The aim of the study was to compare vertical jumping performances in boys and girls during growth. The maximum heights attained in a countermovement jump (CMJ) and squat jump (SJ) were measured using an Ergojump Bosco System. Average power output (PO) was recorded, and percentage of fast-twitch (%FT) muscle fiber distribution was estimated during the rebound jump. Differences in the maximum CMJ and SJ (CMJ–SJ) heights were calculated. Regressions between PO and age, lean body mass (LBM), and leg muscle volume (LMV), respectively, were computed for 240 boys and 239 girls (aged 11–16 years). Height, LMV, and body mass values were larger in boys than girls aged 14 years. Both groups had a similar body mass index independently of age. The CMJ, SJ, PO, and %FT were larger in boys than in girls between 12 and 16 years of age. Strong correlations were found between PO and age in the population as a whole, and between PO and LBM, PO and LMV in each group. The CMJ–SJ decreased with increasing age in both groups without significant differences. Conclusion Jumping performance increases during growth, with gender differences manifesting from 14 years onwards due to the much greater increase in leg length and LMV in boys than in girls.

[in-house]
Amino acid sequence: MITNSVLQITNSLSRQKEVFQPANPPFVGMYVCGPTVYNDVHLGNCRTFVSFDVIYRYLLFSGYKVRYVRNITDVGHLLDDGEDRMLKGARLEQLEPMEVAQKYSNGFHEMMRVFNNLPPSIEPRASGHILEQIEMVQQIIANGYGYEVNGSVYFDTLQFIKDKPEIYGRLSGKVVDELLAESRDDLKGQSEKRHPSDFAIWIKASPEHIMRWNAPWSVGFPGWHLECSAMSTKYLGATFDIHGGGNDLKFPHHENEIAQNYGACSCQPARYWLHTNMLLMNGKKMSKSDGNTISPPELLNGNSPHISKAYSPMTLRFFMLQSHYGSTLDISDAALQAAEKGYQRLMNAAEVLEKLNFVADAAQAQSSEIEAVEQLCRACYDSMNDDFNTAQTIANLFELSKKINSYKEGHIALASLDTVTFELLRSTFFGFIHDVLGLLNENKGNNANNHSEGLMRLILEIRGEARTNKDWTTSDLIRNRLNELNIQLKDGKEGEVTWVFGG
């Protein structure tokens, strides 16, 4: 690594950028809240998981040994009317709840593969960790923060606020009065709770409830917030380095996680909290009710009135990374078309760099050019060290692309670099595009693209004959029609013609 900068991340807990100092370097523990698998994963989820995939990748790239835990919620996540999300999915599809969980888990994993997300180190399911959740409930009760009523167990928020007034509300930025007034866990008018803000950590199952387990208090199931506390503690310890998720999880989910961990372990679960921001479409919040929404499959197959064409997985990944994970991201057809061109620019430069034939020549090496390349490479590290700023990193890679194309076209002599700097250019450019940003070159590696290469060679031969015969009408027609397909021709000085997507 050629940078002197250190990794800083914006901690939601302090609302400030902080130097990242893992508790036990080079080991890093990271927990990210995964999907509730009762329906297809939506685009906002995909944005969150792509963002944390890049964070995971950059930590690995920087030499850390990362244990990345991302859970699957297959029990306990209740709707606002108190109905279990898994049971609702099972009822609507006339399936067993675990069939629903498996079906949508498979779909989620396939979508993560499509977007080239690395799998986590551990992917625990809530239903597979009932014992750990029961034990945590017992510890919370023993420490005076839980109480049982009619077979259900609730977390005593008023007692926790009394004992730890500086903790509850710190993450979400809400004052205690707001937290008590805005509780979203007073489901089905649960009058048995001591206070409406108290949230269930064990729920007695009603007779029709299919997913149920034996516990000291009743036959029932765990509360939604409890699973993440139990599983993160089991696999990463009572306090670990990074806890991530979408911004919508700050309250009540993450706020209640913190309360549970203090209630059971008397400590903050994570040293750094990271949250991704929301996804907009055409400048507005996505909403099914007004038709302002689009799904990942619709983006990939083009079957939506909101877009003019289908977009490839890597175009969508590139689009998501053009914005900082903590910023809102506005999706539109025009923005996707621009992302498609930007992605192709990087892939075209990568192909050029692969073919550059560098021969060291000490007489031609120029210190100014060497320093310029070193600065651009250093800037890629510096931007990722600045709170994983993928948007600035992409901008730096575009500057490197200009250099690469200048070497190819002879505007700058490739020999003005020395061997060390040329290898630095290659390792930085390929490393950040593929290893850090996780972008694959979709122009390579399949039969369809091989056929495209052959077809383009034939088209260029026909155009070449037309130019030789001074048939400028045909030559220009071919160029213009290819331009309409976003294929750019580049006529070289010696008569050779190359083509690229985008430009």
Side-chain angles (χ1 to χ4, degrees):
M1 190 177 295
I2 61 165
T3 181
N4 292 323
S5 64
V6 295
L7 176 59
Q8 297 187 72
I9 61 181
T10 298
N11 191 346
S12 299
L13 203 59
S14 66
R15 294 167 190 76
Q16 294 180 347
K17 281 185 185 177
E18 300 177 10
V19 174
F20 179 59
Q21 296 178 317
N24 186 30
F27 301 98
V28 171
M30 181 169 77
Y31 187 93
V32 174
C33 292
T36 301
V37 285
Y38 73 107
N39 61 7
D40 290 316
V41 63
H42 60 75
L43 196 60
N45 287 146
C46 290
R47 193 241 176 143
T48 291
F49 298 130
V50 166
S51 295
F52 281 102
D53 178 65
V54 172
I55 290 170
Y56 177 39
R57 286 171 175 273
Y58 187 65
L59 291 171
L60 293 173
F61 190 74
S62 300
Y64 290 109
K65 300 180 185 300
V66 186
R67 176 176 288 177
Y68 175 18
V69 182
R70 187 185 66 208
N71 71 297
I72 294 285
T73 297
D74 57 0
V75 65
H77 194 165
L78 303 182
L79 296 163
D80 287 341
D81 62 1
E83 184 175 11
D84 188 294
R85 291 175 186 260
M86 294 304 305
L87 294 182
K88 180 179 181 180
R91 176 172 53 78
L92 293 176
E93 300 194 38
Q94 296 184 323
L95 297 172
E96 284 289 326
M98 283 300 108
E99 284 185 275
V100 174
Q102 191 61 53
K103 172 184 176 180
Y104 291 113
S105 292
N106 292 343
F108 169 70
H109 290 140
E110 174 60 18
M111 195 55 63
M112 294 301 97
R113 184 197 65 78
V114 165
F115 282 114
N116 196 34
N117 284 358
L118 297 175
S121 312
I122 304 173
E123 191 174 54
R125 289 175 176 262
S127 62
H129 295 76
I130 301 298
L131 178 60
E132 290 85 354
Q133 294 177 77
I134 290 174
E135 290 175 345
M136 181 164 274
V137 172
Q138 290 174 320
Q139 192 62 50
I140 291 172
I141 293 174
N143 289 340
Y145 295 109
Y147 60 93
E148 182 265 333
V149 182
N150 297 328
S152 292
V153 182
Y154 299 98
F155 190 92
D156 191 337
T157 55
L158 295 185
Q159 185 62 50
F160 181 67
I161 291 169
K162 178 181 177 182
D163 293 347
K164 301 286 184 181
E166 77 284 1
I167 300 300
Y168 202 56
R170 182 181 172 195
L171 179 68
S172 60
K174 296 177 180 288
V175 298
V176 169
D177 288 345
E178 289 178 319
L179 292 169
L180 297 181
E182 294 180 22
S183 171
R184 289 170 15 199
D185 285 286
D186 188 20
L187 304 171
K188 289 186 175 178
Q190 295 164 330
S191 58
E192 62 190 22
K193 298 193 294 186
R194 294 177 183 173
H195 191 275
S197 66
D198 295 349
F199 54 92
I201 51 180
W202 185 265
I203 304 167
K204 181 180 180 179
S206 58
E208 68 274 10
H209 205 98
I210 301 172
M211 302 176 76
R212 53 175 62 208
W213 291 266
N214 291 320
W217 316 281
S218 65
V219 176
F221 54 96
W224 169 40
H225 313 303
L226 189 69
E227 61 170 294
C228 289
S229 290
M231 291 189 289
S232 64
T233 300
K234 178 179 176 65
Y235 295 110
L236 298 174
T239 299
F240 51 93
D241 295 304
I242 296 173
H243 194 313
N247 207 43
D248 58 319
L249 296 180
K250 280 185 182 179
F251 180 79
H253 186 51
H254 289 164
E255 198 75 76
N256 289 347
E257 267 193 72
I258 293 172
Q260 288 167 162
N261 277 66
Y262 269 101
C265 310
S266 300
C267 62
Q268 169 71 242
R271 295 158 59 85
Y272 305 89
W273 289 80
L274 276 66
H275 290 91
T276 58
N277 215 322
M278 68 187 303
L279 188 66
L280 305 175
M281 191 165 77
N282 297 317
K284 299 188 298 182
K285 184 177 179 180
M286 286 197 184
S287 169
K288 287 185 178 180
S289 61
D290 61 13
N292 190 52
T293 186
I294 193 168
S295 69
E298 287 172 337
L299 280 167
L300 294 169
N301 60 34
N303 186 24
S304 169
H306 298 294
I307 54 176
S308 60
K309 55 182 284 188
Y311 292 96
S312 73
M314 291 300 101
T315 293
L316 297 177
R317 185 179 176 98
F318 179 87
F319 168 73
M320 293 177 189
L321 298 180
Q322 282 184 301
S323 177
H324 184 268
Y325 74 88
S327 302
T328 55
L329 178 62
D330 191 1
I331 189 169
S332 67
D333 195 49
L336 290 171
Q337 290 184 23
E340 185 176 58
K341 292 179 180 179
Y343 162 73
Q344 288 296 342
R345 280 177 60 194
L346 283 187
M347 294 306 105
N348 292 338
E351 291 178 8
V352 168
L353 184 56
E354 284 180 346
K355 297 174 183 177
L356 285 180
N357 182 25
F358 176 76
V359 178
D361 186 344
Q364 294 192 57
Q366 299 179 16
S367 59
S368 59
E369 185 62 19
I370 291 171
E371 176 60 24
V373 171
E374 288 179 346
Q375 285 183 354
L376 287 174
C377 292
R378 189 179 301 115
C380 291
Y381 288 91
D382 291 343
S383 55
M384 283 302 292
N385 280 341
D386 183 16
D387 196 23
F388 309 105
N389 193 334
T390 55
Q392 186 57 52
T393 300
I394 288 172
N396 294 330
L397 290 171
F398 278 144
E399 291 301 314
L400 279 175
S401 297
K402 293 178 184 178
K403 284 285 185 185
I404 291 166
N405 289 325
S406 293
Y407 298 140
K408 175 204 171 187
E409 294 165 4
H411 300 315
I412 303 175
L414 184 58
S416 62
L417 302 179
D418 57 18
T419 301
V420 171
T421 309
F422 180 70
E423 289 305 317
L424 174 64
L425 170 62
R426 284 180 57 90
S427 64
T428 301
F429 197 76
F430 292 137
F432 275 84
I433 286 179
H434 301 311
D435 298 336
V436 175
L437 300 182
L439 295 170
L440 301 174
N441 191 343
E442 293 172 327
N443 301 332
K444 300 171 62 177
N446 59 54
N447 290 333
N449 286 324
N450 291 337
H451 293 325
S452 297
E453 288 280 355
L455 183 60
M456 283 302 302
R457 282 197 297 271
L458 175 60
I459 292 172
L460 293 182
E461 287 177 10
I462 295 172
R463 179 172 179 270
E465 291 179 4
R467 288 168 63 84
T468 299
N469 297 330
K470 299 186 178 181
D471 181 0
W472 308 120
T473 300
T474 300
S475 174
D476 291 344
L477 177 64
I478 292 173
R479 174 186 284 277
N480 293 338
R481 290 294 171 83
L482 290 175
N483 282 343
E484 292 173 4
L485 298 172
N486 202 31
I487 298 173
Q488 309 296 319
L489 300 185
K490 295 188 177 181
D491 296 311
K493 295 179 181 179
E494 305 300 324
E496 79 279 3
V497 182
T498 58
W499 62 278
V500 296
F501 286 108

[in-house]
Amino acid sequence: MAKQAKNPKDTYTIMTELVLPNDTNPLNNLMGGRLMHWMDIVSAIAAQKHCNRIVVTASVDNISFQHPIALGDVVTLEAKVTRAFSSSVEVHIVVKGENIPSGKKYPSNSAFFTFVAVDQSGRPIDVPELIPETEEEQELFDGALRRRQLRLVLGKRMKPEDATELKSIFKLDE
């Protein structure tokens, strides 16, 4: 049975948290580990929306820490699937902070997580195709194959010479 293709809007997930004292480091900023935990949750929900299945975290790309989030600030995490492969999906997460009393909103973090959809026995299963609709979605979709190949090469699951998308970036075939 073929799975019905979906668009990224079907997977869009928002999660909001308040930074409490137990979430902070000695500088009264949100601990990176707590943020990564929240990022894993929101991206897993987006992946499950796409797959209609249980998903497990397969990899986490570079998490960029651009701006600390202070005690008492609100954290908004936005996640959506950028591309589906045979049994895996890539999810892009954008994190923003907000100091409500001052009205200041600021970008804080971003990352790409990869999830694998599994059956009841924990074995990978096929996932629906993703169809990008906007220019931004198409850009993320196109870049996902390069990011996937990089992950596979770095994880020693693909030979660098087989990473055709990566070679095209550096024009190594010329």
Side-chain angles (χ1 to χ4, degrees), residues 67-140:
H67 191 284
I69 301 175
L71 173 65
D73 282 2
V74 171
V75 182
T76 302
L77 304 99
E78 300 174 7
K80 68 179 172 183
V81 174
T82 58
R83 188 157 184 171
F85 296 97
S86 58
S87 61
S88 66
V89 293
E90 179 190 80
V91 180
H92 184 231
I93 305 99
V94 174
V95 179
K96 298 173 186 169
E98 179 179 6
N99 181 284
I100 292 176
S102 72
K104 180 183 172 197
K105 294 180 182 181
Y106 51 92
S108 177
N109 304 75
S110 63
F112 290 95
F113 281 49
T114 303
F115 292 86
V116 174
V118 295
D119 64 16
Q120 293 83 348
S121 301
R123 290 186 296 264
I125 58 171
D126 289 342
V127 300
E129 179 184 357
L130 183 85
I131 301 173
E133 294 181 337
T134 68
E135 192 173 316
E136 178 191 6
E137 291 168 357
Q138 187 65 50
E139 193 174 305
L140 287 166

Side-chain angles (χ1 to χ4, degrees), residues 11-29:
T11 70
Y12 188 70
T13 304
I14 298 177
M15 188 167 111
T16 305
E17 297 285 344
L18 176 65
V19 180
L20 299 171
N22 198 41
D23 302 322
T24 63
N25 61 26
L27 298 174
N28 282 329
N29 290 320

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We want to thank the boys and the girls who took part in this study as well as their parents and the schools’ directors who gave their permission for performing all of the tests.
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Temfemo, A., Hugues, J., Chardon, K. et al. Relationship between vertical jumping performance and anthropometric characteristics during growth in boys and girls. Eur J Pediatr 168, 457 (2009). https://doi.org/10.1007/s00431-008-0771-5
- Vertical jumping